judges of the election in the discharge of their duties." I am unable to see any valid objection to them. They follow the law, and the facts alleged constitute, beyond doubt, an unlawful interference within the plain meaning of the statute. The demurrer will- be overruled.
NOTE·· A governor of a state is not .. an officer of election" within the meaning of section 22 of the act of May 31,1870, (section 5515, Rev. St.) U. 8. v. Clayton, 2 Dill. 219; 19 Am. Law Rep. 737; 10 Am. Law Reg. (N. S.) 737. See Giauque's U. S.Election Laws, 35 et Beq.
ADAMS and another, Assignees,
HUMS and another.
(Circuit Court, D. Connecticut.
OF CONNECTICUT OF
1860, c. 348, § 5,
Under section 5 of chapter 348 of the Session Laws of Connecticut of 1860, sureties of an assignee in insolvency are lialJle upon their bond in case of their principal's default, though it consistil in refusing to obey an order made to sUbvert the assignment. Qwcre, whether or not an accounting before the county judge is a prerequisite to an action. 2. SESSION LAWS OF 1877, c. 466, CONSTRUED-AcTIONS AGAINST SURETIES. Chapter 466, of the Session Laws of Connecticut of 1877, did not make an accounting Lefore some specified court a prerequisite to an action against such sureties.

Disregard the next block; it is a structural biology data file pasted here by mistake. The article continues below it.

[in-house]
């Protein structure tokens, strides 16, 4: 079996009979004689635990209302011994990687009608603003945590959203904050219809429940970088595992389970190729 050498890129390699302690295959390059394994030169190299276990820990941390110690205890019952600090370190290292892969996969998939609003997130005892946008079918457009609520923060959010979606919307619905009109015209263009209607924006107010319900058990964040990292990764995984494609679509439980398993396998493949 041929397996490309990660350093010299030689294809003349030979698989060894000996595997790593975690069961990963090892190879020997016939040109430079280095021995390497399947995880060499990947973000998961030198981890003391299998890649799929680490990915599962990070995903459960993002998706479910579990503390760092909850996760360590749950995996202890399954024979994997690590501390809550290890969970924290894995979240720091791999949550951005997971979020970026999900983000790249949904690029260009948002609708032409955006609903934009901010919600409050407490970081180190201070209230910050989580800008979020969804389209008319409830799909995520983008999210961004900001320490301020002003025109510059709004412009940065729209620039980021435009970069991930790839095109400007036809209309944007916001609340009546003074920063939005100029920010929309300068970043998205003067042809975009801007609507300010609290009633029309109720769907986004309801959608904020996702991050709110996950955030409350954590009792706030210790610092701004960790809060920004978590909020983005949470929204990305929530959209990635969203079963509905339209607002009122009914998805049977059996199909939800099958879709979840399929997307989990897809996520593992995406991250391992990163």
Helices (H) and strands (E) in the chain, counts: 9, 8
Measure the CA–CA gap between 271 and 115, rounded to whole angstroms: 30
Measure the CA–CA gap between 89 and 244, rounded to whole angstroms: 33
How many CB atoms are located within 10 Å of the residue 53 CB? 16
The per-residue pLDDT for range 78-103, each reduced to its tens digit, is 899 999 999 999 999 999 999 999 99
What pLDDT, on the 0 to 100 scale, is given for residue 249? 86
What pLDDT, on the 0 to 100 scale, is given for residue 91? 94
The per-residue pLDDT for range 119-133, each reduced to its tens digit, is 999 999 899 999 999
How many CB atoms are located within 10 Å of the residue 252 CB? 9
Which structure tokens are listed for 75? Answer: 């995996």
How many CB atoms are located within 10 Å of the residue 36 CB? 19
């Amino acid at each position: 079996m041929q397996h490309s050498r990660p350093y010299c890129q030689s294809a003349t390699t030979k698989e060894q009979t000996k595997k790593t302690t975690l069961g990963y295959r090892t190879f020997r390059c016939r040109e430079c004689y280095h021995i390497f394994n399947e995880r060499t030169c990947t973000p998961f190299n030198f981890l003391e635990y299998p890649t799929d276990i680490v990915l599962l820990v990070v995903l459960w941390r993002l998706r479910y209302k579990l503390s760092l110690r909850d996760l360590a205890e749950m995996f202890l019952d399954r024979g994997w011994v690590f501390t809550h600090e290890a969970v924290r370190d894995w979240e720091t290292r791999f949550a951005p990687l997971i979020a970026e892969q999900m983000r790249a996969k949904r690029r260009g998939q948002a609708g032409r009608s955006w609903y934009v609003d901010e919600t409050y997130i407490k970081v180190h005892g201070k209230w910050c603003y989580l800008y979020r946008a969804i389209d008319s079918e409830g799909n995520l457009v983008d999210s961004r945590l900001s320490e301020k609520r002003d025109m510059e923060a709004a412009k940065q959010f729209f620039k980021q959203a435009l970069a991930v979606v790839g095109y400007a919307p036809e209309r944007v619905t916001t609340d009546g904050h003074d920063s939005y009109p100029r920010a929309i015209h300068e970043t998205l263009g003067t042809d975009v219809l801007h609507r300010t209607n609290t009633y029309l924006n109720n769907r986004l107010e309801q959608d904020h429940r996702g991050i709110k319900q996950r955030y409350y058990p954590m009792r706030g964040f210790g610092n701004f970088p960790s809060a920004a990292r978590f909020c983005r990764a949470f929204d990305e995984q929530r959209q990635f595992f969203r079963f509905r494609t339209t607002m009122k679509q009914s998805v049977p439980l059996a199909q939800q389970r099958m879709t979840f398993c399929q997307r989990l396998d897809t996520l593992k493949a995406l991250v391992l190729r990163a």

SAME-RIGHTS OF SURETIES AS AFFECTED THEREBY.
No substantial rights of such sureties were impaired by the repeal of the act of 1860 by the act of 1877.
William Y. Wilson, for plaintiffs. Philip J. Joachimson, for defendants.
SHIPMAN, D. J. Upon the facts which have been heretofore found the defendants insist that they are not liable in this suit,because they say that, under the fifth section of chapter 348 of the Session Laws of 1860, if the default of an assignee in insolvency consisted in a refusal to obey an order or decree made to subvert and not to carry out the assignment, an action will not lie against his sureties upon their bond, and also that an accounting by the assignee before the court of common pleas was prerequisite to a suit against his sureties. The defendants rely upon the construction which was placed upon this section in the case of People v. Chalmers. 1 Hun, 686, and 60 N. Y. 154. The fourth section of the act provided in substance that after the v.8,no.6-27